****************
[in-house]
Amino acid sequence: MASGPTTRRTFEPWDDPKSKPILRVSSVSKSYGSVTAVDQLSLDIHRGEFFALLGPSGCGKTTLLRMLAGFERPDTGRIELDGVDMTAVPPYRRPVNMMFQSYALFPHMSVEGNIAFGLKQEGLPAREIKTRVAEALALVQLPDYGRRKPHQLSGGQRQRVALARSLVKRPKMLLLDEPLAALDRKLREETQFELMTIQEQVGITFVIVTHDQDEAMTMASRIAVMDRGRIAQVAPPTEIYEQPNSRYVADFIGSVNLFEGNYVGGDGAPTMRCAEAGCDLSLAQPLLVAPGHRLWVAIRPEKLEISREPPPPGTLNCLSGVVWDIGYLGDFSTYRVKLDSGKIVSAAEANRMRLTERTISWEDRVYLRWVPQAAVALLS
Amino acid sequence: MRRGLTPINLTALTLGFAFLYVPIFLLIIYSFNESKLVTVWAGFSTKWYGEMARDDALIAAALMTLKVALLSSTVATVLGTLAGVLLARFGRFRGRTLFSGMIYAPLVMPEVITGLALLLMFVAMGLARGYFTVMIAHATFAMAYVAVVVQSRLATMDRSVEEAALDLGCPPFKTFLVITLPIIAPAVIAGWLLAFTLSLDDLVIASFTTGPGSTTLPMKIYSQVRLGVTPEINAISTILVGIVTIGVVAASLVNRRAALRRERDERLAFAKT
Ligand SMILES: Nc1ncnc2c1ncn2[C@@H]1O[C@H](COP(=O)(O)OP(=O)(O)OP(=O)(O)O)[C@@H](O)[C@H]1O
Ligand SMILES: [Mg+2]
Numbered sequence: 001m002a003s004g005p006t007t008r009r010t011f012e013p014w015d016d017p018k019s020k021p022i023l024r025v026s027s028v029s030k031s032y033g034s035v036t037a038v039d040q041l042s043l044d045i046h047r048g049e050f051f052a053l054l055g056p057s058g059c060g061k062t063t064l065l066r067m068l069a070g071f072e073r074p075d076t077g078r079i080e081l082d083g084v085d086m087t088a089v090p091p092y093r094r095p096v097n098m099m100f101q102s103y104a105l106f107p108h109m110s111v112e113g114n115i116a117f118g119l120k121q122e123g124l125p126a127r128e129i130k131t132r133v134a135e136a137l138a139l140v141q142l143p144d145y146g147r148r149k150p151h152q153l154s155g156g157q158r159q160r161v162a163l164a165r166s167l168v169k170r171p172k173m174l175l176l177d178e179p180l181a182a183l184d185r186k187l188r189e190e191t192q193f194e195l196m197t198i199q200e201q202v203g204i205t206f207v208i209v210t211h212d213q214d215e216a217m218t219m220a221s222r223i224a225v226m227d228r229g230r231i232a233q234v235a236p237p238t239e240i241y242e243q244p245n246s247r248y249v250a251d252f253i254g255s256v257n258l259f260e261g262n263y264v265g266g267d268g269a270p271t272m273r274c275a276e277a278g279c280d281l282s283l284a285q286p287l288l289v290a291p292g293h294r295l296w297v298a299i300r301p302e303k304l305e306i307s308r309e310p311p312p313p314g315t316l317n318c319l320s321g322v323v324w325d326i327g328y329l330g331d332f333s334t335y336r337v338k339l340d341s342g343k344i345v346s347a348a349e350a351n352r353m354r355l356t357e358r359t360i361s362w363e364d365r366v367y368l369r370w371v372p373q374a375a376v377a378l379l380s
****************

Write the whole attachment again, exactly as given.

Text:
[in-house]
Amino acid sequence: MASGPTTRRTFEPWDDPKSKPILRVSSVSKSYGSVTAVDQLSLDIHRGEFFALLGPSGCGKTTLLRMLAGFERPDTGRIELDGVDMTAVPPYRRPVNMMFQSYALFPHMSVEGNIAFGLKQEGLPAREIKTRVAEALALVQLPDYGRRKPHQLSGGQRQRVALARSLVKRPKMLLLDEPLAALDRKLREETQFELMTIQEQVGITFVIVTHDQDEAMTMASRIAVMDRGRIAQVAPPTEIYEQPNSRYVADFIGSVNLFEGNYVGGDGAPTMRCAEAGCDLSLAQPLLVAPGHRLWVAIRPEKLEISREPPPPGTLNCLSGVVWDIGYLGDFSTYRVKLDSGKIVSAAEANRMRLTERTISWEDRVYLRWVPQAAVALLS
Amino acid sequence: MRRGLTPINLTALTLGFAFLYVPIFLLIIYSFNESKLVTVWAGFSTKWYGEMARDDALIAAALMTLKVALLSSTVATVLGTLAGVLLARFGRFRGRTLFSGMIYAPLVMPEVITGLALLLMFVAMGLARGYFTVMIAHATFAMAYVAVVVQSRLATMDRSVEEAALDLGCPPFKTFLVITLPIIAPAVIAGWLLAFTLSLDDLVIASFTTGPGSTTLPMKIYSQVRLGVTPEINAISTILVGIVTIGVVAASLVNRRAALRRERDERLAFAKT
Ligand SMILES: Nc1ncnc2c1ncn2[C@@H]1O[C@H](COP(=O)(O)OP(=O)(O)OP(=O)(O)O)[C@@H](O)[C@H]1O
Ligand SMILES: [Mg+2]
Numbered sequence: 001m002a003s004g005p006t007t008r009r010t011f012e013p014w015d016d017p018k019s020k021p022i023l024r025v026s027s028v029s030k031s032y033g034s035v036t037a038v039d040q041l042s043l044d045i046h047r048g049e050f051f052a053l054l055g056p057s058g059c060g061k062t063t064l065l066r067m068l069a070g071f072e073r074p075d076t077g078r079i080e081l082d083g084v085d086m087t088a089v090p091p092y093r094r095p096v097n098m099m100f101q102s103y104a105l106f107p108h109m110s111v112e113g114n115i116a117f118g119l120k121q122e123g124l125p126a127r128e129i130k131t132r133v134a135e136a137l138a139l140v141q142l143p144d145y146g147r148r149k150p151h152q153l154s155g156g157q158r159q160r161v162a163l164a165r166s167l168v169k170r171p172k173m174l175l176l177d178e179p180l181a182a183l184d185r186k187l188r189e190e191t192q193f194e195l196m197t198i199q200e201q202v203g204i205t206f207v208i209v210t211h212d213q214d215e216a217m218t219m220a221s222r223i224a225v226m227d228r229g230r231i232a233q234v235a236p237p238t239e240i241y242e243q244p245n246s247r248y249v250a251d252f253i254g255s256v257n258l259f260e261g262n263y264v265g266g267d268g269a270p271t272m273r274c275a276e277a278g279c280d281l282s283l284a285q286p287l288l289v290a291p292g293h294r295l296w297v298a299i300r301p302e303k304l305e306i307s308r309e310p311p312p313p314g315t316l317n318c319l320s321g322v323v324w325d326i327g328y329l330g331d332f333s334t335y336r337v338k339l340d341s342g343k344i345v346s347a348a349e350a351n352r353m354r355l356t357e358r359t360i361s362w363e364d365r366v367y368l369r370w371v372p373q374a375a376v377a378l379l380s